None of the powers could go on without facing existential risk: in the case of France, a hopelessly weakened position against Germany; in the case of Germany, an eventual threat from an industrialized Russia; in the case of Austria, breakup of the Empire due to Slavophile agitation; in the case of Russia, loss of its Western provinces to the Teutonic orbit; and in the case of England, irrelevance on the continent and an inevitable challenge to its sea power.

There are a number of excellent accounts of the events leading up to the outbreak of war in August 1914, most recently Christopher Clark’s The Sleepwalkers. Each of the combatants, to be sure, would have been better off declining to fight. But that would have meant forfeiting the claim to national superiority that motivated them. They fought, in other words, not because they had to in the strict sense of the word, but because of the kind of people they were. They were not thinking, as Evans implies. But what were they dreaming?

The Europeans fought the Great War of 1914 to avoid becoming what they are today. But like the man in the Somerset Maugham story who had an appointment with Death in Samarra, they managed only to postpone it.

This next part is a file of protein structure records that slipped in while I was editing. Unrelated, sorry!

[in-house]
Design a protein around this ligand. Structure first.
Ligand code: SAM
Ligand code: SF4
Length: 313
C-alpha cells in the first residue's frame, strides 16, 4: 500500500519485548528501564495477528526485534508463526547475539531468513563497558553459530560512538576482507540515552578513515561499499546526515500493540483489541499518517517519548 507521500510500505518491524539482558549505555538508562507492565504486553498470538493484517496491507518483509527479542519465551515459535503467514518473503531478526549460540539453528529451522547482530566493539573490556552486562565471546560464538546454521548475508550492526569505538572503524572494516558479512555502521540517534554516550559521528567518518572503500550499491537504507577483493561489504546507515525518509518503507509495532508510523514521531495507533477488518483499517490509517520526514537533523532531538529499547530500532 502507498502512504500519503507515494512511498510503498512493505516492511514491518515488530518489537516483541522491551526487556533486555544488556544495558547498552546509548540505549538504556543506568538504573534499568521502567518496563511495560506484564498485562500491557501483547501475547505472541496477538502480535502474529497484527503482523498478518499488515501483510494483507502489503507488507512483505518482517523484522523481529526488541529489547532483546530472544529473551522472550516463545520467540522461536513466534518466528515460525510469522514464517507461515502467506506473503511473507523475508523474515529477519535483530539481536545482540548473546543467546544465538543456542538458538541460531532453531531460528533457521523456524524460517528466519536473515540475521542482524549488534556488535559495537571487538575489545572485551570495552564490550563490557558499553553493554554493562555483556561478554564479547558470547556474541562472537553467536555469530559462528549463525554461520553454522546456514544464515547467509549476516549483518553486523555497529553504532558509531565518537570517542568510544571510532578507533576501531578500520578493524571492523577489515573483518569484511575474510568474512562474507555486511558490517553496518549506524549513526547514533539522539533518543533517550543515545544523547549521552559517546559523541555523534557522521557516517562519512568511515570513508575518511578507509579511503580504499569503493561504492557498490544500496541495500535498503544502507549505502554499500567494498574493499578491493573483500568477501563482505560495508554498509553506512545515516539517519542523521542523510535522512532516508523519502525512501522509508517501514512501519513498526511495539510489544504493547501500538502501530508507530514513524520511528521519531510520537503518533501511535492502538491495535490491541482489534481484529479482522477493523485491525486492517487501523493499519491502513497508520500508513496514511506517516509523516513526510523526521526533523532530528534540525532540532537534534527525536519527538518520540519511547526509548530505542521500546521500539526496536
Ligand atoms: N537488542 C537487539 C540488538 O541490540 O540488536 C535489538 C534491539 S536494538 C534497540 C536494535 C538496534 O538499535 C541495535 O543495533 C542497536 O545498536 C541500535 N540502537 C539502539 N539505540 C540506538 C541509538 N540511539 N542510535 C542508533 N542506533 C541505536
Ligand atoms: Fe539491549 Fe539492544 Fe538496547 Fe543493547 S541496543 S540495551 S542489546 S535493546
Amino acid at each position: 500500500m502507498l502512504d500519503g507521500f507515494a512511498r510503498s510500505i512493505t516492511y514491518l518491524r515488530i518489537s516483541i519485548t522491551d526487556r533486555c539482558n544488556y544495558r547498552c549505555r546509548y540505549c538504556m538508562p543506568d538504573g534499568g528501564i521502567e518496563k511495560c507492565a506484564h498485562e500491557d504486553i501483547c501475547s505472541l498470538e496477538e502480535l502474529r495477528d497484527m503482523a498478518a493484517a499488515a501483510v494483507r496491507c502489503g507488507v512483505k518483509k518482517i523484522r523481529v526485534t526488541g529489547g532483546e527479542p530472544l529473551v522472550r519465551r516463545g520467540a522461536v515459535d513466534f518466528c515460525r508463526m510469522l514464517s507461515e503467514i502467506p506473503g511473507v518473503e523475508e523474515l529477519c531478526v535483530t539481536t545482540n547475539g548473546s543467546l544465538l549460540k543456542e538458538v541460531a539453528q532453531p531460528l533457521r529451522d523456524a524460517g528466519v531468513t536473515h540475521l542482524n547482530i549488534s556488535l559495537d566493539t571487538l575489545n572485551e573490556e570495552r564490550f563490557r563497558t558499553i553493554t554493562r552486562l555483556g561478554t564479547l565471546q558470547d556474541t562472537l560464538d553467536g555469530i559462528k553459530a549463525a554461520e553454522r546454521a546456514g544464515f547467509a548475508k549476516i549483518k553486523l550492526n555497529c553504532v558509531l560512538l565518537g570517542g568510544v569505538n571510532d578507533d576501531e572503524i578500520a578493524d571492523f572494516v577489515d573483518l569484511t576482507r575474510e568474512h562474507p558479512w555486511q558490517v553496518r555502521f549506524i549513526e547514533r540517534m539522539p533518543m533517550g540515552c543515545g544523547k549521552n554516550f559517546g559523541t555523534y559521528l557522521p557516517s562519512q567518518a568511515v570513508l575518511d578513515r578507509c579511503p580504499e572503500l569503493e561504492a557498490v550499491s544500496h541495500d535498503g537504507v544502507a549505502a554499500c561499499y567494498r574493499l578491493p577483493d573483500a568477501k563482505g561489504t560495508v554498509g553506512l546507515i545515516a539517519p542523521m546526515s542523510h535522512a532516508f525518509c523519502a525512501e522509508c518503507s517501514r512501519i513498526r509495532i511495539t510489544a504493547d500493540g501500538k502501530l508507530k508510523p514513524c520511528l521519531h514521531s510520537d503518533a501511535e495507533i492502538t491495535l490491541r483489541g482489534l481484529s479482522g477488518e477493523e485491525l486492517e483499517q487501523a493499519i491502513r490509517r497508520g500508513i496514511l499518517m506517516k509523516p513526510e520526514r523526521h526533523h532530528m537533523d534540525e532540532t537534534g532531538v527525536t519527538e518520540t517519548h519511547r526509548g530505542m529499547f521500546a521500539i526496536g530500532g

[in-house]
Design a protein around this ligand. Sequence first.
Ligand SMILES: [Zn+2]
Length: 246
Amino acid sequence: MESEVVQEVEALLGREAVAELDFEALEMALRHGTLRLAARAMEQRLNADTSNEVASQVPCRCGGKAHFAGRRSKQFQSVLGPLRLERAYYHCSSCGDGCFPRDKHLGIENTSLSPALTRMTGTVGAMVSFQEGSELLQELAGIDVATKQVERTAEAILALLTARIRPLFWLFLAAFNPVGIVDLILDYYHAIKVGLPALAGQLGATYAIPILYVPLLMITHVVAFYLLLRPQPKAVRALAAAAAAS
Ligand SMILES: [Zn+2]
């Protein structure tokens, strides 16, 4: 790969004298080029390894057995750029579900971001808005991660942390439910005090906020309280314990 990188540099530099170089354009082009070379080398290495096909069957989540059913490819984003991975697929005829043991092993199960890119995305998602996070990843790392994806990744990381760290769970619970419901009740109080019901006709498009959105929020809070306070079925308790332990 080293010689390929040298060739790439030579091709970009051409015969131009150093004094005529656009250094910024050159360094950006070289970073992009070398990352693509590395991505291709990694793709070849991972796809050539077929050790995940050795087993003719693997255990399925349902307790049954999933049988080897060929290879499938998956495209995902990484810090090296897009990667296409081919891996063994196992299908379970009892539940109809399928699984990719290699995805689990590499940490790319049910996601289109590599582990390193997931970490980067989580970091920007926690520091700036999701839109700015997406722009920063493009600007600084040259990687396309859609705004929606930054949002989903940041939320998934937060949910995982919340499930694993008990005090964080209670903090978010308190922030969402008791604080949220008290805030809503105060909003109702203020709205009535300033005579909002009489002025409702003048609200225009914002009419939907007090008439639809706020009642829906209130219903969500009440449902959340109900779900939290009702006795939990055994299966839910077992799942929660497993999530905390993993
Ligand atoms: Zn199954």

It is still a scandal in Germany that its greatest 20th Century novelist, Thomas Mann, greeted the coming of the war with rapture. His “heart was aflame” at the declaration of war, and “triumphed at the collapse of the hated world of peace, stinking of the corruption of bourgeois-mercantile ‘Civilization’ with its enmity to heroism and genius.” Mann lauded Germany’s “indispensable role as missionary,” contrasting German Kultur to the mercenary Zivilisation of the West.


Mann had captured the national mood. Germany fought the First World War under the banner of Kultur. In 1915, 93 of Germany’s leading intellectuals and artists signed a manifesto justifying Germany’s war claims on the grounds of its cultural superiority. That is the nub of Hans Johst’s infamous line in the Nazi propaganda play “Schlageter”, performed on Hitler’s birthday after the Nazi seizure of power in 1933: “When I hear the word ‘culture’ I release the safety catch on my pistol.” This usually is taken to mean that the Nazis were boors, which is not true; Hitler was a painter, if a poor one, and quite the music lover. On the contrary, it expressed rancor at the unspeakable sacrifice that the old regime demanded in the service of its ideals.